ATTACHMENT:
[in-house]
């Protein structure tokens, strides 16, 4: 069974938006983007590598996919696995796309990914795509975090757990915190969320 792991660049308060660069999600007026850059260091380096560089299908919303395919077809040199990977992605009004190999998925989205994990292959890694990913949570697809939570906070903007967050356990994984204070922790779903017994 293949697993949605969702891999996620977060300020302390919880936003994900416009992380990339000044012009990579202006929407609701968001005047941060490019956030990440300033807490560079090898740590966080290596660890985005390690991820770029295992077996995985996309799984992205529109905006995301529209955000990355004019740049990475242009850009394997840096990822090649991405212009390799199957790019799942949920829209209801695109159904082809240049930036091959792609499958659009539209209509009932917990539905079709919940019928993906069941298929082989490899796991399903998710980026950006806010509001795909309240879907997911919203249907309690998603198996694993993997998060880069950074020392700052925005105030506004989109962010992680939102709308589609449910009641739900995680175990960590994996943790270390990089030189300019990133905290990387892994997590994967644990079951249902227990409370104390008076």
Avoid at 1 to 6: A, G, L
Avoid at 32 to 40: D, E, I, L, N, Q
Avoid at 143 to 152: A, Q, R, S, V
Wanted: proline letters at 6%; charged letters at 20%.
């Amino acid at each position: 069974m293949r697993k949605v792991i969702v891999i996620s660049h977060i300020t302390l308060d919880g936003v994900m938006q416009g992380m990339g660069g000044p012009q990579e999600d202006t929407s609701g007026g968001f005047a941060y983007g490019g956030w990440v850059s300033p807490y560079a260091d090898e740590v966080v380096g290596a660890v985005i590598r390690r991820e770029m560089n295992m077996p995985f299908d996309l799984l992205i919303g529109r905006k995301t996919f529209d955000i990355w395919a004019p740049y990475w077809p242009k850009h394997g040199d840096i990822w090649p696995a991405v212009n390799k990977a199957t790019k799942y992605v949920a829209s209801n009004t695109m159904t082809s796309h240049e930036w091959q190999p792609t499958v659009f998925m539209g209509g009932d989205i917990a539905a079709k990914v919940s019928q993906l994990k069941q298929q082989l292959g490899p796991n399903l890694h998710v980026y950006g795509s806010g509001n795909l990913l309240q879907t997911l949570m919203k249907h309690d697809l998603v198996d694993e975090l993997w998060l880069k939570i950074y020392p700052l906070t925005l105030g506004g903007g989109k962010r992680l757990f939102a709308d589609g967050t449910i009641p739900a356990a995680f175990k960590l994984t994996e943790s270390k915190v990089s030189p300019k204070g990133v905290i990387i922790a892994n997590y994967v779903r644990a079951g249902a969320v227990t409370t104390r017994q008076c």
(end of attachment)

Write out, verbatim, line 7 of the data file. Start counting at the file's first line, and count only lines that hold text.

């Amino acid at each position: 069974m293949r697993k949605v792991i969702v891999i996620s660049h977060i300020t302390l308060d919880g936003v994900m938006q416009g992380m990339g660069g000044p012009q990579e999600d202006t929407s609701g007026g968001f005047a941060y983007g490019g956030w990440v850059s300033p807490y560079a260091d090898e740590v966080v380096g290596a660890v985005i590598r390690r991820e770029m560089n295992m077996p995985f299908d996309l799984l992205i919303g529109r905006k995301t996919f529209d955000i990355w395919a004019p740049y990475w077809p242009k850009h394997g040199d840096i990822w090649p696995a991405v212009n390799k990977a199957t790019k799942y992605v949920a829209s209801n009004t695109m159904t082809s796309h240049e930036w091959q190999p792609t499958v659009f998925m539209g209509g009932d989205i917990a539905a079709k990914v919940s019928q993906l994990k069941q298929q082989l292959g490899p796991n399903l890694h998710v980026y950006g795509s806010g509001n795909l990913l309240q879907t997911l949570m919203k249907h309690d697809l998603v198996d694993e975090l993997w998060l880069k939570i950074y020392p700052l906070t925005l105030g506004g903007g989109k962010r992680l757990f939102a709308d589609g967050t449910i009641p739900a356990a995680f175990k960590l994984t994996e943790s270390k915190v990089s030189p300019k204070g990133v905290i990387i922790a892994n997590y994967v779903r644990a079951g249902a969320v227990t409370t104390r017994q008076c």